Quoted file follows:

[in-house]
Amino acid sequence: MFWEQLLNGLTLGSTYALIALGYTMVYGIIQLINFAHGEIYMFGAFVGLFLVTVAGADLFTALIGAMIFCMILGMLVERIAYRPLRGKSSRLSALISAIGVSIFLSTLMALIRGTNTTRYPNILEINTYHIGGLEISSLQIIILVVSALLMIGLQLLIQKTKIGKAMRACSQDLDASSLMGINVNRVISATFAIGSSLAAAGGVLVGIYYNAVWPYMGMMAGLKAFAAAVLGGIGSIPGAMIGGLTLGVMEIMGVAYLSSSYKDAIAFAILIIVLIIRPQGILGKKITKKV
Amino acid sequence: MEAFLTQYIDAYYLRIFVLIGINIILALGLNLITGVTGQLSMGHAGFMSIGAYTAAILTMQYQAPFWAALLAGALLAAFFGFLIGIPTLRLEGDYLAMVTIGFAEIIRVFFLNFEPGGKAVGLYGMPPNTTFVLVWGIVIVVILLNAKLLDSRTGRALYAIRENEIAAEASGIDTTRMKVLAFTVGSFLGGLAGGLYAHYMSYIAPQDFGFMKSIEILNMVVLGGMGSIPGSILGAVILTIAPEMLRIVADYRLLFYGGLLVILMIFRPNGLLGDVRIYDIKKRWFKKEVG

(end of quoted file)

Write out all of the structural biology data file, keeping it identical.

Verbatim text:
[in-house]
Amino acid sequence: MFWEQLLNGLTLGSTYALIALGYTMVYGIIQLINFAHGEIYMFGAFVGLFLVTVAGADLFTALIGAMIFCMILGMLVERIAYRPLRGKSSRLSALISAIGVSIFLSTLMALIRGTNTTRYPNILEINTYHIGGLEISSLQIIILVVSALLMIGLQLLIQKTKIGKAMRACSQDLDASSLMGINVNRVISATFAIGSSLAAAGGVLVGIYYNAVWPYMGMMAGLKAFAAAVLGGIGSIPGAMIGGLTLGVMEIMGVAYLSSSYKDAIAFAILIIVLIIRPQGILGKKITKKV
Amino acid sequence: MEAFLTQYIDAYYLRIFVLIGINIILALGLNLITGVTGQLSMGHAGFMSIGAYTAAILTMQYQAPFWAALLAGALLAAFFGFLIGIPTLRLEGDYLAMVTIGFAEIIRVFFLNFEPGGKAVGLYGMPPNTTFVLVWGIVIVVILLNAKLLDSRTGRALYAIRENEIAAEASGIDTTRMKVLAFTVGSFLGGLAGGLYAHYMSYIAPQDFGFMKSIEILNMVVLGGMGSIPGSILGAVILTIAPEMLRIVADYRLLFYGGLLVILMIFRPNGLLGDVRIYDIKKRWFKKEVG